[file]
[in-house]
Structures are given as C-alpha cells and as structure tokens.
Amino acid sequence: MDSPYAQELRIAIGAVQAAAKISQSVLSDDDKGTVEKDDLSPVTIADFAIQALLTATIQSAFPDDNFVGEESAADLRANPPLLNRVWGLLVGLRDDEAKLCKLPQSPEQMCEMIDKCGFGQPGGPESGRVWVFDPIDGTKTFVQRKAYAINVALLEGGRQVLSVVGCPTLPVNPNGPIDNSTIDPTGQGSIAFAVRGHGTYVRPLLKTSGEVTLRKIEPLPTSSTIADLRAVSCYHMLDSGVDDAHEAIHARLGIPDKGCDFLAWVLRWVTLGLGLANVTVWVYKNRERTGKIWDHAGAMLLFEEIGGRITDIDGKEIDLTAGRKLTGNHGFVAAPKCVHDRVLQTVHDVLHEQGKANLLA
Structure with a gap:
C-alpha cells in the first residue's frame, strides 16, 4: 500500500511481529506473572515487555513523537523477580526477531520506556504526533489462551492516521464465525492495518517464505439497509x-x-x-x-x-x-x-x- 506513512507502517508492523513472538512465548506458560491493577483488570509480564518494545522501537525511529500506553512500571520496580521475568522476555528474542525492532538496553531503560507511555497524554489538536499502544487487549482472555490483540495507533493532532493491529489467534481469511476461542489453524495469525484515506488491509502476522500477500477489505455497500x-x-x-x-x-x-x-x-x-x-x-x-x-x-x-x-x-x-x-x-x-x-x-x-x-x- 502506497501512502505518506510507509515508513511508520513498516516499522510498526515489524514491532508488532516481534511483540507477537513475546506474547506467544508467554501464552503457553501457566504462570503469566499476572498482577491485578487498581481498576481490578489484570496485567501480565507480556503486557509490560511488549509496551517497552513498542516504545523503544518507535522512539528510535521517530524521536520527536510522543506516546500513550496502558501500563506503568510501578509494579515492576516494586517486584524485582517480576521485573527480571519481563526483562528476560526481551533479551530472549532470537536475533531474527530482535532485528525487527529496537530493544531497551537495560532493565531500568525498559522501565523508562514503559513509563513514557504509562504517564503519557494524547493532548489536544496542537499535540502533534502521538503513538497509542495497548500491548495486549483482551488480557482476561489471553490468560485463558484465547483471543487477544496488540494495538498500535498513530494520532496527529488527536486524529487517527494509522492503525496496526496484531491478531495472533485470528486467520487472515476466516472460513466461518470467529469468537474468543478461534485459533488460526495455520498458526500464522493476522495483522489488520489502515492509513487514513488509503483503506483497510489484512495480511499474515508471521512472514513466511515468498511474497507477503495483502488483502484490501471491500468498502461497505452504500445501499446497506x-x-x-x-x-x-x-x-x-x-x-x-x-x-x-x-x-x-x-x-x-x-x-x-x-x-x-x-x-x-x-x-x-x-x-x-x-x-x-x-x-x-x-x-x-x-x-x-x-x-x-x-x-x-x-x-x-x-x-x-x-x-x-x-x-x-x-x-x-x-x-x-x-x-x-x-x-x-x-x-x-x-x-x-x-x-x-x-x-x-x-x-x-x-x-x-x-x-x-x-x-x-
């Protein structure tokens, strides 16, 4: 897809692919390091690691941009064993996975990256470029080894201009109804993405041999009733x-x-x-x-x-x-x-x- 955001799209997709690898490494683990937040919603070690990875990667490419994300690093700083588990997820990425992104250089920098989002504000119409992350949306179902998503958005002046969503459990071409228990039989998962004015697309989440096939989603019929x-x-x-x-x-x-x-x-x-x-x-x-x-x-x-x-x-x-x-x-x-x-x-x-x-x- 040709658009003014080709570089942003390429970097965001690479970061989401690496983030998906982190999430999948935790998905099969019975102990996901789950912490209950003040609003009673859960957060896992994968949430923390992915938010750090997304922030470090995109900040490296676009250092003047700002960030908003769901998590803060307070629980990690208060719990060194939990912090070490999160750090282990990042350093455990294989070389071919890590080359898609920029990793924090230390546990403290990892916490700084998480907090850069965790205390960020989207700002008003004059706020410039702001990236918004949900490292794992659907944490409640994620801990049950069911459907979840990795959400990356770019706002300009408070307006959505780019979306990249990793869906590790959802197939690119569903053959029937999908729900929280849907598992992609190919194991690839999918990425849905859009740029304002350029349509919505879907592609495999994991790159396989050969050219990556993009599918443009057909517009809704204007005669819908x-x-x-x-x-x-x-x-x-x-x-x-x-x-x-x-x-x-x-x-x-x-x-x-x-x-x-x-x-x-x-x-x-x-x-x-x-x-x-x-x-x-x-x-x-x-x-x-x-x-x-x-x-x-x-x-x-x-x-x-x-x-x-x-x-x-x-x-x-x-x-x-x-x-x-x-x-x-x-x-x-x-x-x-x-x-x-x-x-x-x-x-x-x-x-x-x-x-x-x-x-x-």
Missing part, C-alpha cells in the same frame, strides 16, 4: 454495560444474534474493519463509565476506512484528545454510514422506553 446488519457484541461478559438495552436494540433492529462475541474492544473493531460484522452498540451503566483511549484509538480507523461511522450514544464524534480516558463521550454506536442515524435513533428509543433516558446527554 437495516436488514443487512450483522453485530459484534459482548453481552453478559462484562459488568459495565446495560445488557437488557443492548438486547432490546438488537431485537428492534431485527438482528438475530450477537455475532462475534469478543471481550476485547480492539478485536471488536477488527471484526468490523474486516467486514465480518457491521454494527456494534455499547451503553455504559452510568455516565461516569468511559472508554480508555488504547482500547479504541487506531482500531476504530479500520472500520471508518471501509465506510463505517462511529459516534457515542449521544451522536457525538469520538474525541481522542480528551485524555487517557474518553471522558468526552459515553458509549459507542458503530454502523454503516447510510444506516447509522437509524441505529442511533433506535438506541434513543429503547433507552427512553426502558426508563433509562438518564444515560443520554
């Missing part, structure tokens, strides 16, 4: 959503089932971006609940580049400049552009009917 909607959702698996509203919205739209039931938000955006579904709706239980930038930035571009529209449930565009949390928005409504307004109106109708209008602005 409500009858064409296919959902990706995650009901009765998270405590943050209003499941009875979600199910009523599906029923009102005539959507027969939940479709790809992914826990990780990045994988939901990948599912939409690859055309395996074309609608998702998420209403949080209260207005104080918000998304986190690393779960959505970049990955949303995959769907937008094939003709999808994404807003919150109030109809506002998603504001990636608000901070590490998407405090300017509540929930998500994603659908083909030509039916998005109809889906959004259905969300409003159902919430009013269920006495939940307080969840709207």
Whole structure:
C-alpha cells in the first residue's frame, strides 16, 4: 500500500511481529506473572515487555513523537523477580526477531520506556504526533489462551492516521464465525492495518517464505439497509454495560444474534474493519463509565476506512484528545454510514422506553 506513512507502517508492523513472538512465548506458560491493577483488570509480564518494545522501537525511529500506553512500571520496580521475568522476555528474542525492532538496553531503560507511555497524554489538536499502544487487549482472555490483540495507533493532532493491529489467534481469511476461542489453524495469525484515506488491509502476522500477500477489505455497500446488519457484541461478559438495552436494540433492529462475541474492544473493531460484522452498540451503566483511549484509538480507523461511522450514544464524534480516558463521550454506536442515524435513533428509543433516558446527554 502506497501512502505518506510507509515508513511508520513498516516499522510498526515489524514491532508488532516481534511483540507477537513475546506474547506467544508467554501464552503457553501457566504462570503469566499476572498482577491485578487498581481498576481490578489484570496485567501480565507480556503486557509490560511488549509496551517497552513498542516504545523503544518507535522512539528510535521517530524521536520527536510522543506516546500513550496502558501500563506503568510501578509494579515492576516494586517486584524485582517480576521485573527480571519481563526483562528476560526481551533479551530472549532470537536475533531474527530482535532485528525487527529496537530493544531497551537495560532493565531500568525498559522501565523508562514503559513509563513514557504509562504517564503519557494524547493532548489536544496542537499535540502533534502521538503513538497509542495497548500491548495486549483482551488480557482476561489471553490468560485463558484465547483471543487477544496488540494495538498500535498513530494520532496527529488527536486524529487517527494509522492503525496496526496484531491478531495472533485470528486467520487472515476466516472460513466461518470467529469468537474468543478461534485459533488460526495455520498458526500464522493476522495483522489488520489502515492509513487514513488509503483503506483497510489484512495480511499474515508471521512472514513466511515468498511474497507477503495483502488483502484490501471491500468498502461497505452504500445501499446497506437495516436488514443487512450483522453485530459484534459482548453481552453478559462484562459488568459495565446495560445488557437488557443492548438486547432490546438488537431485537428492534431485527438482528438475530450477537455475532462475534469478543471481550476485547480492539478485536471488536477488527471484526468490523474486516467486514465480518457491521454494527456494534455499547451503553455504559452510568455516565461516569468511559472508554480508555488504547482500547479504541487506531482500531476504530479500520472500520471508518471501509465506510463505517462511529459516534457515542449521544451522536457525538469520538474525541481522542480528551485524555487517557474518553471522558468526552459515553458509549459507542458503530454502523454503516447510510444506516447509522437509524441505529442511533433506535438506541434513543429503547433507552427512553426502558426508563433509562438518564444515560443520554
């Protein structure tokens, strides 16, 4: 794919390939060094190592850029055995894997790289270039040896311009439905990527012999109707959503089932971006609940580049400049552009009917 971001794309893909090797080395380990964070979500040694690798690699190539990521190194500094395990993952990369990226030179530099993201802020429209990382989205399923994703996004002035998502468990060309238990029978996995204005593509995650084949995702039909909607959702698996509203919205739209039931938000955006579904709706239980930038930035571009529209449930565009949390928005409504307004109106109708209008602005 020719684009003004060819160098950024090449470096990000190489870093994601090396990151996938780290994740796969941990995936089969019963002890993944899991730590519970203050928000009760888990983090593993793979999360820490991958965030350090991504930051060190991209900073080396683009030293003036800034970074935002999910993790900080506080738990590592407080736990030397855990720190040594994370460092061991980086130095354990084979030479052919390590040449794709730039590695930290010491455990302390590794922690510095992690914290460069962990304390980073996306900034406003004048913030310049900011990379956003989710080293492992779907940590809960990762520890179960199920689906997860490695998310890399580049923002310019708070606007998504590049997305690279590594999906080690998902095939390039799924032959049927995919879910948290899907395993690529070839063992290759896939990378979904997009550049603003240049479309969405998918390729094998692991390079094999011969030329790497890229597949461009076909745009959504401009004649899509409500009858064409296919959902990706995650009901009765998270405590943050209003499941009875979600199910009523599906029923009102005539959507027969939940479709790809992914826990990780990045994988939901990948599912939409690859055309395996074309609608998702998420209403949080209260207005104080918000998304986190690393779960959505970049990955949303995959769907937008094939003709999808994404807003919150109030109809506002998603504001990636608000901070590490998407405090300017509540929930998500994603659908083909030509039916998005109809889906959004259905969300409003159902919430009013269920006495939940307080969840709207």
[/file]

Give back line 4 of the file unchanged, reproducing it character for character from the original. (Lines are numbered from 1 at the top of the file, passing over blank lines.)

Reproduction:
Structure with a gap: